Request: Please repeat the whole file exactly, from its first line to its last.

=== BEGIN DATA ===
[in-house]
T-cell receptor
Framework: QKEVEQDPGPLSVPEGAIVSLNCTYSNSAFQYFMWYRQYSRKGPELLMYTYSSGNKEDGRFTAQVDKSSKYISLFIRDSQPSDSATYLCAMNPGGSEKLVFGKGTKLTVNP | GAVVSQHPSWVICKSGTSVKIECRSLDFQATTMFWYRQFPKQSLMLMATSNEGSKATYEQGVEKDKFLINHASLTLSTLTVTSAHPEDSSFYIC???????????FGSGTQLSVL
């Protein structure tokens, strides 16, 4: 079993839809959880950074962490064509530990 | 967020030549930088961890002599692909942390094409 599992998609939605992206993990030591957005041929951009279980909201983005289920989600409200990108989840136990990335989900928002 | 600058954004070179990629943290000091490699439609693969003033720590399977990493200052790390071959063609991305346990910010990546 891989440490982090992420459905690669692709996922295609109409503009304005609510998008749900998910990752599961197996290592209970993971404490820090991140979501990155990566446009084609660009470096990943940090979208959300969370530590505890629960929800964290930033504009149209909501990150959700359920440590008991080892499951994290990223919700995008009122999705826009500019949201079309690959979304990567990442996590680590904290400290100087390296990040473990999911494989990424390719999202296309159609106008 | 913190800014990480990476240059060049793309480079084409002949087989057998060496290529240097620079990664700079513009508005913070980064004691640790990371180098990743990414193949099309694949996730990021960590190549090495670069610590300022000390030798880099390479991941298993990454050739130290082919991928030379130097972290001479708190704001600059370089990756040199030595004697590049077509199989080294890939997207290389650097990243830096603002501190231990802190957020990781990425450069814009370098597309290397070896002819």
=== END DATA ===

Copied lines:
[in-house]
T-cell receptor
Framework: QKEVEQDPGPLSVPEGAIVSLNCTYSNSAFQYFMWYRQYSRKGPELLMYTYSSGNKEDGRFTAQVDKSSKYISLFIRDSQPSDSATYLCAMNPGGSEKLVFGKGTKLTVNP | GAVVSQHPSWVICKSGTSVKIECRSLDFQATTMFWYRQFPKQSLMLMATSNEGSKATYEQGVEKDKFLINHASLTLSTLTVTSAHPEDSSFYIC???????????FGSGTQLSVL
């Protein structure tokens, strides 16, 4: 079993839809959880950074962490064509530990 | 967020030549930088961890002599692909942390094409 599992998609939605992206993990030591957005041929951009279980909201983005289920989600409200990108989840136990990335989900928002 | 600058954004070179990629943290000091490699439609693969003033720590399977990493200052790390071959063609991305346990910010990546 891989440490982090992420459905690669692709996922295609109409503009304005609510998008749900998910990752599961197996290592209970993971404490820090991140979501990155990566446009084609660009470096990943940090979208959300969370530590505890629960929800964290930033504009149209909501990150959700359920440590008991080892499951994290990223919700995008009122999705826009500019949201079309690959979304990567990442996590680590904290400290100087390296990040473990999911494989990424390719999202296309159609106008 | 913190800014990480990476240059060049793309480079084409002949087989057998060496290529240097620079990664700079513009508005913070980064004691640790990371180098990743990414193949099309694949996730990021960590190549090495670069610590300022000390030798880099390479991941298993990454050739130290082919991928030379130097972290001479708190704001600059370089990756040199030595004697590049077509199989080294890939997207290389650097990243830096603002501190231990802190957020990781990425450069814009370098597309290397070896002819």